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U.S. court decides to seize Singaporean tanker for violating sanctions against N. Korea

U.S. court decides to seize Singaporean tanker for violating sanctions against N. Korea

Posted August. 02, 2021 07:25,   

Updated August. 02, 2021 07:25


The judicial branch of the U.S. decided to seize an oil tanker owned by a Singaporean national for violating the UN Security Council sanctions on North Korea on July 30. It is the second time that the U.S. government seized a vessel involved in transferring oil to North Korea that is illegally done at sea.

The U.S. Justice Department announced on that day in a press release that it decided to seize the Courageous owned by Kwek Kee Seng, a Singaporean national. According to the press release, the 2,734-ton oil tanker was used to deliver oil products directly to the North through oil transfer and transshipment. The U.S. Justice Department said the vessel violated the U.S. law and the UN Security Council resolution.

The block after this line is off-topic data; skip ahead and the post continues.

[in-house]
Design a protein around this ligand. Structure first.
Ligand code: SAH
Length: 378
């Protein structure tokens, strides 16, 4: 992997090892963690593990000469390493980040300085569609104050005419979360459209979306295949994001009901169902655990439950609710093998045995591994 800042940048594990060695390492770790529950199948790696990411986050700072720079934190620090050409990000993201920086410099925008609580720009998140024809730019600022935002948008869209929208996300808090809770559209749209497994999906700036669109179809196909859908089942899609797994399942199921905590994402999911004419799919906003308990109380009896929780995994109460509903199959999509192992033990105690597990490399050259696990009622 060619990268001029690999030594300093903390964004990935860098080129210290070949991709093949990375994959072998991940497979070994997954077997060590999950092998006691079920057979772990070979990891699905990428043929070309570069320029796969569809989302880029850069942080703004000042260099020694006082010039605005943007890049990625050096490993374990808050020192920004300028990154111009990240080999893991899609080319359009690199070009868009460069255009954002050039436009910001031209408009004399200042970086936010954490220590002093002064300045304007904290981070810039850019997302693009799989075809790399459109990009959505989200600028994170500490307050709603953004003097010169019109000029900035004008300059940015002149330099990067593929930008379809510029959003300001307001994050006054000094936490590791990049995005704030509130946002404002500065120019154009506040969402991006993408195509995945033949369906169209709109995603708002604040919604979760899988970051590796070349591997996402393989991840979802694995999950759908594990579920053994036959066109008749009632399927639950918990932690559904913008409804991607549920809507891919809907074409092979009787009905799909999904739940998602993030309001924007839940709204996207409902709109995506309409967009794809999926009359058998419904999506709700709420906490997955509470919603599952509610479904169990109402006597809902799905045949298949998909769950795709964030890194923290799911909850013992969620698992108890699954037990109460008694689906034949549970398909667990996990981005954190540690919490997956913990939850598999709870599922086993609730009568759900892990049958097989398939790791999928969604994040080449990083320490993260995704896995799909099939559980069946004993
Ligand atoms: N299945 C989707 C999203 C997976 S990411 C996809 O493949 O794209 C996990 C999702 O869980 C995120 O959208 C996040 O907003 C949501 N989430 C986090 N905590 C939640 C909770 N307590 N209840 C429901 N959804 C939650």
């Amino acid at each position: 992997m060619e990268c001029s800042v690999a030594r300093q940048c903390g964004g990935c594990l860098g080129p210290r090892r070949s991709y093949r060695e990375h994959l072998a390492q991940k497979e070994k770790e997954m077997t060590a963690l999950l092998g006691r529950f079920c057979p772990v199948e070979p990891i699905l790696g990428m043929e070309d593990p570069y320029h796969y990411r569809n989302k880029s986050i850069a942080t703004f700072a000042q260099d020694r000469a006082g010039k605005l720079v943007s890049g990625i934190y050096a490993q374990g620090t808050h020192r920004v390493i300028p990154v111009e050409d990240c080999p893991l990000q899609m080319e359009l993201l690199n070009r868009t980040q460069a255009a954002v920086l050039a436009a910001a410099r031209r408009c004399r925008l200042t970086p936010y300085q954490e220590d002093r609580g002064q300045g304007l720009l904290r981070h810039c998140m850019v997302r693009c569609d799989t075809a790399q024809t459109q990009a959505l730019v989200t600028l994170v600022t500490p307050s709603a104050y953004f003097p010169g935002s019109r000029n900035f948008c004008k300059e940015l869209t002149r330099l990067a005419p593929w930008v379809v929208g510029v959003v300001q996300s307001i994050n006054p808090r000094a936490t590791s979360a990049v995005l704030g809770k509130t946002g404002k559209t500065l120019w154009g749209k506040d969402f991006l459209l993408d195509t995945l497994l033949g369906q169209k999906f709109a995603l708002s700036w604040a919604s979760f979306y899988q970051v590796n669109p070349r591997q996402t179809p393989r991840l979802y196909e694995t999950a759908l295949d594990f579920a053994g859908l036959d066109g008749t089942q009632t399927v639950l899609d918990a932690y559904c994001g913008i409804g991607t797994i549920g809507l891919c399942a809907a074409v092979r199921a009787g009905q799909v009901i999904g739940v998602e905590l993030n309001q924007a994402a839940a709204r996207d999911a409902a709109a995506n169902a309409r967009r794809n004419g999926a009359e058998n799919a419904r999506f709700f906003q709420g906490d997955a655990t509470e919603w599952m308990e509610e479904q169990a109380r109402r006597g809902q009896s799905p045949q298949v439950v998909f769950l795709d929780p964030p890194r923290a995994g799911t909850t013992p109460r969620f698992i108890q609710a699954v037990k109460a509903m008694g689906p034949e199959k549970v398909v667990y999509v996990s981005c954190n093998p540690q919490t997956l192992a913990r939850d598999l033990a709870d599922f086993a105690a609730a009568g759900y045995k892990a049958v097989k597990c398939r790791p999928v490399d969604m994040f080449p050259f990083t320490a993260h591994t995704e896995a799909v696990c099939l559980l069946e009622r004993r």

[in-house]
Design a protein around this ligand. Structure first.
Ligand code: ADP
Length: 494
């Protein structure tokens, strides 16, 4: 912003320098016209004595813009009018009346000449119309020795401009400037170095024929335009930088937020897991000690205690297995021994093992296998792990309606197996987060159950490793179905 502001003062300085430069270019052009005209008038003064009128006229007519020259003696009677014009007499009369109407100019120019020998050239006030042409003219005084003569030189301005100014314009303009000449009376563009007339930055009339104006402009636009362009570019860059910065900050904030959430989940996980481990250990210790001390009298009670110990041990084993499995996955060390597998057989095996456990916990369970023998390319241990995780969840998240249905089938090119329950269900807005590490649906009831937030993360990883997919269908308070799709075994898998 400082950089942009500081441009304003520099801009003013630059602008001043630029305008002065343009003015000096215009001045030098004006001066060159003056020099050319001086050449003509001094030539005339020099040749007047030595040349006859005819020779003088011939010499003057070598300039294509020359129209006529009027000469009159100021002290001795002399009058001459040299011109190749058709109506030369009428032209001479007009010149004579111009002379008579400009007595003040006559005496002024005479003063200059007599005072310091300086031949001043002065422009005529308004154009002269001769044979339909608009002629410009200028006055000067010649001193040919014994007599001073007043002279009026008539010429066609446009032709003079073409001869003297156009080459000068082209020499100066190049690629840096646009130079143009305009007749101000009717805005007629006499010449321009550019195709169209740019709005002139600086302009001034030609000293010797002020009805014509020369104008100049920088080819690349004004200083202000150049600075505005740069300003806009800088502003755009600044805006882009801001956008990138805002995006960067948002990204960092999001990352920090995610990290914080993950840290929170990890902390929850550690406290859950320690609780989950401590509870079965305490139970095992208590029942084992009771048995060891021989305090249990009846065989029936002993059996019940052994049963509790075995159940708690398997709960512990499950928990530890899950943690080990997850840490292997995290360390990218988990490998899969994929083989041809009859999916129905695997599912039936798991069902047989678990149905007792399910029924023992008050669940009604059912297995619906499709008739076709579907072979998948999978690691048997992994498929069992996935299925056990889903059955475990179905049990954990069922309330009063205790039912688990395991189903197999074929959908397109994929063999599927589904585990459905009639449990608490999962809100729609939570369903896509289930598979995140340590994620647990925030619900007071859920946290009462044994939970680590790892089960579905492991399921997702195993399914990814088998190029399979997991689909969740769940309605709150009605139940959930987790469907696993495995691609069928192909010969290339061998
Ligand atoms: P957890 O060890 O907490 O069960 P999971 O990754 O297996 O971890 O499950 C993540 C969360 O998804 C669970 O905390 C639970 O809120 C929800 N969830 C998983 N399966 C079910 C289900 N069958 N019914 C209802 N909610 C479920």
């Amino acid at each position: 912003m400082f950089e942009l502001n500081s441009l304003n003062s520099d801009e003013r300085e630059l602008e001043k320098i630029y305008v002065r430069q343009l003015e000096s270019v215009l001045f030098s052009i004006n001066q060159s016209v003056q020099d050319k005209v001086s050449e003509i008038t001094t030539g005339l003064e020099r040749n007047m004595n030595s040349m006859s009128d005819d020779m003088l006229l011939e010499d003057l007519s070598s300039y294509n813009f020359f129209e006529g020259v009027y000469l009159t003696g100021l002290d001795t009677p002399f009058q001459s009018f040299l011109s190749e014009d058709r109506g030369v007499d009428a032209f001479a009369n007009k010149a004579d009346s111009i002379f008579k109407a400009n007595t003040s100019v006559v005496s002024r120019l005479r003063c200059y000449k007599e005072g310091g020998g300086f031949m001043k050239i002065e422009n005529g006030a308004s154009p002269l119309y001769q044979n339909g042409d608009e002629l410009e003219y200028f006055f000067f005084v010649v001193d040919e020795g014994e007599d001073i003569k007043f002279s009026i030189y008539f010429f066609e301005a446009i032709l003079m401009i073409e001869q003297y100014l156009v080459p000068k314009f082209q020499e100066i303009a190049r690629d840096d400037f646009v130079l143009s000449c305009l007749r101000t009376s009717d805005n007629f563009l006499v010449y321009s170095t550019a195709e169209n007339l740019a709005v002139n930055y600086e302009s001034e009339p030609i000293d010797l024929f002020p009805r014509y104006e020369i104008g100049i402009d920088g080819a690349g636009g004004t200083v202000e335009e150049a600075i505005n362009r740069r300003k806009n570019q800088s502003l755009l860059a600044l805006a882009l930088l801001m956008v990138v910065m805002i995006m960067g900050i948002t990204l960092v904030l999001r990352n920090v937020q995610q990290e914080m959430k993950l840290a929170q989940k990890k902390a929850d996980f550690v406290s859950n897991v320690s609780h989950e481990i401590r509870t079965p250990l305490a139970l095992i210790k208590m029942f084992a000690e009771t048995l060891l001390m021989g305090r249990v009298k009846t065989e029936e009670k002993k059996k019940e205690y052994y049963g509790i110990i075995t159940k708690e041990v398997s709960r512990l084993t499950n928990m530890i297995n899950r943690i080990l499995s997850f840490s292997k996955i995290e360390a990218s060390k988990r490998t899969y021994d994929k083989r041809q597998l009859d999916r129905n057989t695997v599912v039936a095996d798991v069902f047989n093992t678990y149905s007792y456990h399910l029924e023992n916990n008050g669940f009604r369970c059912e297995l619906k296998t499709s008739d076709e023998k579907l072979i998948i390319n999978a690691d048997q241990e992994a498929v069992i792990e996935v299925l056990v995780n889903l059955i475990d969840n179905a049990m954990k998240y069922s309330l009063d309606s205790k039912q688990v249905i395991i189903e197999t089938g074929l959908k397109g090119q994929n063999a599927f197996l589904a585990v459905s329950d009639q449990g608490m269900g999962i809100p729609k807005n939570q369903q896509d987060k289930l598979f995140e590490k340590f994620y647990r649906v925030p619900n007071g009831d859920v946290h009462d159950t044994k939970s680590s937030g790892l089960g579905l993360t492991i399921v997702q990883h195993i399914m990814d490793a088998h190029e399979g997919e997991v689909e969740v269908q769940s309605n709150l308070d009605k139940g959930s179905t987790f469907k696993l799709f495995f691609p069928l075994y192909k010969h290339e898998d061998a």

Satellite images caught the Courageous transferring oil worth 1.5 million dollars to the Saebyeol, a North Korean vessel, after turning off the Automatic Identification System from August to December 2019. The Courageous was also found by satellite at the Nampo port in North Korea. Kwek operates multiple paper companies and disguised the Courageous as another vessel to avoid tracking. He was also charged with laundering money needed to purchase the vessel and oil. He is facing up to 20 years in prison respectively for violating the sanctions and money laundering. He is on the wanted list of the Federal Bureau of Investigation but has not been arrested yet. The Courageous was seized by the Cambodian government in March last year and has been kept that way under the warrant of the U.S. issued one month later.

The U.S. government seized the Wise Honest on charges of illegally transporting 25,000 tons of coal to the North in 2019 and sold it in an auction. It was the first action taken by the U.S. government after seizing a vessel which violated sanctions against North Korea. Ocean transshipment of coal and oil are a representative way to render sanctions ineffective and continue smuggling, which is pointed out by the expert panel on UN Security Council sanctions on North Korea every year in the report.